Medieval queenship in Europe and the Near East
Time: 19:30 - 21:30
This course will be delivered online. See the ‘What is the course about?’ section in course details for more information.
Course Code: HEH86
Duration: 11 sessions (over 11 weeks)
Please note: We offer a wide variety of financial support to make courses affordable. Just visit our online Help Center for more information on a range of topics including fees, online learning and FAQs.
What is the course about?
This course will introduce you to the early history of queenship in Europe and beyond.
This is a live online course. You will need:
- Internet connection. The classes work best with Chrome.
- A computer with microphone and camera is best (e.g. a PC/laptop/iMac/MacBook), or a tablet/iPad/smart phone/iPhone if you don't have a computer.
We will contact you with joining instructions before your course starts.
What will we cover?
We begin by discussing women, gender and power The ways our primary sources wrote about powerful women and men were strongly influenced by Roman and Biblical ideas about (in)appropriate masculine and feminine behaviour. Thereafter, each week we will look at specific topics such as Byzantine empresses; Merovingian and Frankish queenship and Ottonian empresses. The last four weeks will be devoted to Abbasid royal women, Seljuk khatuns, Mongol Khatuns on the Steppe and in the Islamic world.
What will I achieve?
By the end of this course you should be able to...
• Define what is meant by gender history and explain how we can apply gendered perspectives better to understand the medieval past
• Make deductions about Merovingian queenship from a study of Radegund's career.
• Discuss the role of queens in Ottonian society and politics, including their important role as regents
• Discuss the impact of caliphal marriage and succession practices on the status and opportunities for Abbasid royal women, especially those with the status of um walad, the mothers of sons
• Compare and contrast women's roles and gender expectations in the Islamic world and steppe nomad society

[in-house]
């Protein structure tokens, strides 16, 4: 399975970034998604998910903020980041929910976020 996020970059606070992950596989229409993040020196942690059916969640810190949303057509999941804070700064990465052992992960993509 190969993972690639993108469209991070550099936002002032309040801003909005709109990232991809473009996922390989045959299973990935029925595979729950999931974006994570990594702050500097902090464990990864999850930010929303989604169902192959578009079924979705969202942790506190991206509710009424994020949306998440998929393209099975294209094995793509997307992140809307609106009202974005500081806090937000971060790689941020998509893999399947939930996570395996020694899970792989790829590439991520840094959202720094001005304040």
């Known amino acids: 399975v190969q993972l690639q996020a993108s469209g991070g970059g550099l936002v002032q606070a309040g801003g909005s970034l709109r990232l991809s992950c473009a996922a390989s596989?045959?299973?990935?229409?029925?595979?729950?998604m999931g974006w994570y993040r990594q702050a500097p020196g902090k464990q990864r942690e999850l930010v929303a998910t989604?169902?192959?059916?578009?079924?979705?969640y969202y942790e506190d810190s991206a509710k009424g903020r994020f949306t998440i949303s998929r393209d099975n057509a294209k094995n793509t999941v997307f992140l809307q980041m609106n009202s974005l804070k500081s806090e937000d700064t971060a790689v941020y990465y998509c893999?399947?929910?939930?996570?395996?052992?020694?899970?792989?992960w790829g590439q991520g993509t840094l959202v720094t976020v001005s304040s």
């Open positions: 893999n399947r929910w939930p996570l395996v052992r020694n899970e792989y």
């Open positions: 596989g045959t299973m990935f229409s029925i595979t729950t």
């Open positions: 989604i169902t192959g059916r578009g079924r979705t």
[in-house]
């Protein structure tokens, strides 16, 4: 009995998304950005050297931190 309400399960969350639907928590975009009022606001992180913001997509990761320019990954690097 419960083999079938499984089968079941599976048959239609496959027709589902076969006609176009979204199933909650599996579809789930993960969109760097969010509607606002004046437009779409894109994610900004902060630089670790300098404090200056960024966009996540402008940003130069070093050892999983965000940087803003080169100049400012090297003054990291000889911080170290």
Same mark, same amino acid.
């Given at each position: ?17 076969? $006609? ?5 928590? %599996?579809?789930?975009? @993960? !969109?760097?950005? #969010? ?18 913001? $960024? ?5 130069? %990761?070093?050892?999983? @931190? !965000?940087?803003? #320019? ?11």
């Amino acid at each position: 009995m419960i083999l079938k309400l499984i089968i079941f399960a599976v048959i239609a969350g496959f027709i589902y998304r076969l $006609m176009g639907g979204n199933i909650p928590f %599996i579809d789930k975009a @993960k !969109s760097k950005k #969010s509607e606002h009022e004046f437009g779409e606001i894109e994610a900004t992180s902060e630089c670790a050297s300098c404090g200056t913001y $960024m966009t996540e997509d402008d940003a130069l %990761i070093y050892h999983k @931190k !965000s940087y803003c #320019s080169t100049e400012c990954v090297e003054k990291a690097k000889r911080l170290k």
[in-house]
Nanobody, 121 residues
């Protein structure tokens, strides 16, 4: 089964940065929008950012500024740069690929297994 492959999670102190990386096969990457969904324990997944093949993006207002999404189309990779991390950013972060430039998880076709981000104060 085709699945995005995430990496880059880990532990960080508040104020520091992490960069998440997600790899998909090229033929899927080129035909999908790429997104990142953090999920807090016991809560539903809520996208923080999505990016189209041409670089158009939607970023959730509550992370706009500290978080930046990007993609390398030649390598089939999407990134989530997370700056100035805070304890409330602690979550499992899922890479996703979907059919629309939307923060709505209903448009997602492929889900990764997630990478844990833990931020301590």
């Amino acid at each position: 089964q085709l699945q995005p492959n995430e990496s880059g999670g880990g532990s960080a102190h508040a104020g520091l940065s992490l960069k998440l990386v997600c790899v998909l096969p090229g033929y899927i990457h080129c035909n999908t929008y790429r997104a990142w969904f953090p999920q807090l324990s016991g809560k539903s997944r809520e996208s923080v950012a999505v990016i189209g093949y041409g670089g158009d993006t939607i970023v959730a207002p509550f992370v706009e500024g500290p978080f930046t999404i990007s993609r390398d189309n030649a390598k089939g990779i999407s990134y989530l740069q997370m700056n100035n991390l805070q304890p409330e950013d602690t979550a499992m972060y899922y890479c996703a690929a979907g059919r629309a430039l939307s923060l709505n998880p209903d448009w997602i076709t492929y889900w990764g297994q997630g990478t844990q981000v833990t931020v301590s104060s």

• Reflect upon the extent to which steppe practices continued to shape the identities of Mongol royal women in the Ilkhanate.
What level is the course and do I need any particular skills?
This course is for anyone with an enquiring mind and an enthusiasm for history. No previous knowledge is
necessary but a good understanding of English is essential.
How will I be taught, and will there be any work outside the class?
Each week there will be an informative talk, using PowerPoint, during which class discussion will be encouraged.
We shall use small group work to analyse original sources and a range of handouts will be available for discussion
purposes. Occasionally small pieces of homework reading will be distributed to augment your knowledge. You are
encouraged to bring along/describe items you have read in newspapers/heard on radio/seen on TV you think may be of interest to the group.
Are there any other costs? Is there anything I need to bring?
There are no additional costs other than note-taking materials.
When I've finished, what course can I do next?
Other courses in European history. Please see the City Lit website.
Vanessa King is a lecturer in Medieval and early Modern History at Regents University, and Birkbeck College University of London. At City Lit, Vanessa offers courses and day schools on London, as well as European history from the Fall of Rome to 1800. She has published widely on the Anglo-Norman period (1066-1154), and is currently writing a book on Early English Queenship 600-1066 for Routledge. You can follow her progress via her website: https://queenshipinpreconquestengland.wordpress.com/ Vanessa’s expertise in medieval matters means she is frequently called upon to give public lectures and speak on BBC Radio. Vanessa's philosophy of teaching is to make history come alive through informative presentations with a good sense of humour. In her spare time, she enjoys nothing better than talking history over a glass of red wine!
Please note: We reserve the right to change our tutors from those advertised. This happens rarely, but if it does, we are unable to refund fees due to this. Our tutors may have different teaching styles; however we guarantee a consistent quality of teaching in all our courses.